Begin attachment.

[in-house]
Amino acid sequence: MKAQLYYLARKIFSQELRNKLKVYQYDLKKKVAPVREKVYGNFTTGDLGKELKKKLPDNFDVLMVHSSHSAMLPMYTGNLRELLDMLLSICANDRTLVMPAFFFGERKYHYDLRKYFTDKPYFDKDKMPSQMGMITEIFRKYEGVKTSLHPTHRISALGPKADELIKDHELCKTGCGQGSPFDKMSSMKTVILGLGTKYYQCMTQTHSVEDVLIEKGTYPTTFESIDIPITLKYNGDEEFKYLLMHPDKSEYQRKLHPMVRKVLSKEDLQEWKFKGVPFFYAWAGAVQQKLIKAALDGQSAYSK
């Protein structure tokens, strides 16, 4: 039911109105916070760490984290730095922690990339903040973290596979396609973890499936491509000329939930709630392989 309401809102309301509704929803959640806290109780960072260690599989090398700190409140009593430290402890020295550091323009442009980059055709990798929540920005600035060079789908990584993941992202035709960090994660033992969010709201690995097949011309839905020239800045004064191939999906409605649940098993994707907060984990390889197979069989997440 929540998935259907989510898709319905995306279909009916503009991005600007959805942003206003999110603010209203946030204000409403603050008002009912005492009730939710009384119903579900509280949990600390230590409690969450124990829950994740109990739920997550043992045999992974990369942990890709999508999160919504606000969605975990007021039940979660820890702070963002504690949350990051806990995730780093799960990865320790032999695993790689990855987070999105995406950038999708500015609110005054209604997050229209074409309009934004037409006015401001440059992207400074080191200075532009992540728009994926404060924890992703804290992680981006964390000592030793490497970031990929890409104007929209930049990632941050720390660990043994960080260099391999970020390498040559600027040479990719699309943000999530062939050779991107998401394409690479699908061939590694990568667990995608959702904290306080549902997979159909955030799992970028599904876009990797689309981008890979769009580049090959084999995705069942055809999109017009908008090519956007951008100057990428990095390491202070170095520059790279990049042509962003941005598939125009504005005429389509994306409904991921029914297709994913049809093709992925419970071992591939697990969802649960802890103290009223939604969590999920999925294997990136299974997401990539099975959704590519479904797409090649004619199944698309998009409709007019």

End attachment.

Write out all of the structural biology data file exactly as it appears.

[in-house]
Amino acid sequence: MKAQLYYLARKIFSQELRNKLKVYQYDLKKKVAPVREKVYGNFTTGDLGKELKKKLPDNFDVLMVHSSHSAMLPMYTGNLRELLDMLLSICANDRTLVMPAFFFGERKYHYDLRKYFTDKPYFDKDKMPSQMGMITEIFRKYEGVKTSLHPTHRISALGPKADELIKDHELCKTGCGQGSPFDKMSSMKTVILGLGTKYYQCMTQTHSVEDVLIEKGTYPTTFESIDIPITLKYNGDEEFKYLLMHPDKSEYQRKLHPMVRKVLSKEDLQEWKFKGVPFFYAWAGAVQQKLIKAALDGQSAYSK
């Protein structure tokens, strides 16, 4: 039911109105916070760490984290730095922690990339903040973290596979396609973890499936491509000329939930709630392989 309401809102309301509704929803959640806290109780960072260690599989090398700190409140009593430290402890020295550091323009442009980059055709990798929540920005600035060079789908990584993941992202035709960090994660033992969010709201690995097949011309839905020239800045004064191939999906409605649940098993994707907060984990390889197979069989997440 929540998935259907989510898709319905995306279909009916503009991005600007959805942003206003999110603010209203946030204000409403603050008002009912005492009730939710009384119903579900509280949990600390230590409690969450124990829950994740109990739920997550043992045999992974990369942990890709999508999160919504606000969605975990007021039940979660820890702070963002504690949350990051806990995730780093799960990865320790032999695993790689990855987070999105995406950038999708500015609110005054209604997050229209074409309009934004037409006015401001440059992207400074080191200075532009992540728009994926404060924890992703804290992680981006964390000592030793490497970031990929890409104007929209930049990632941050720390660990043994960080260099391999970020390498040559600027040479990719699309943000999530062939050779991107998401394409690479699908061939590694990568667990995608959702904290306080549902997979159909955030799992970028599904876009990797689309981008890979769009580049090959084999995705069942055809999109017009908008090519956007951008100057990428990095390491202070170095520059790279990049042509962003941005598939125009504005005429389509994306409904991921029914297709994913049809093709992925419970071992591939697990969802649960802890103290009223939604969590999920999925294997990136299974997401990539099975959704590519479904797409090649004619199944698309998009409709007019």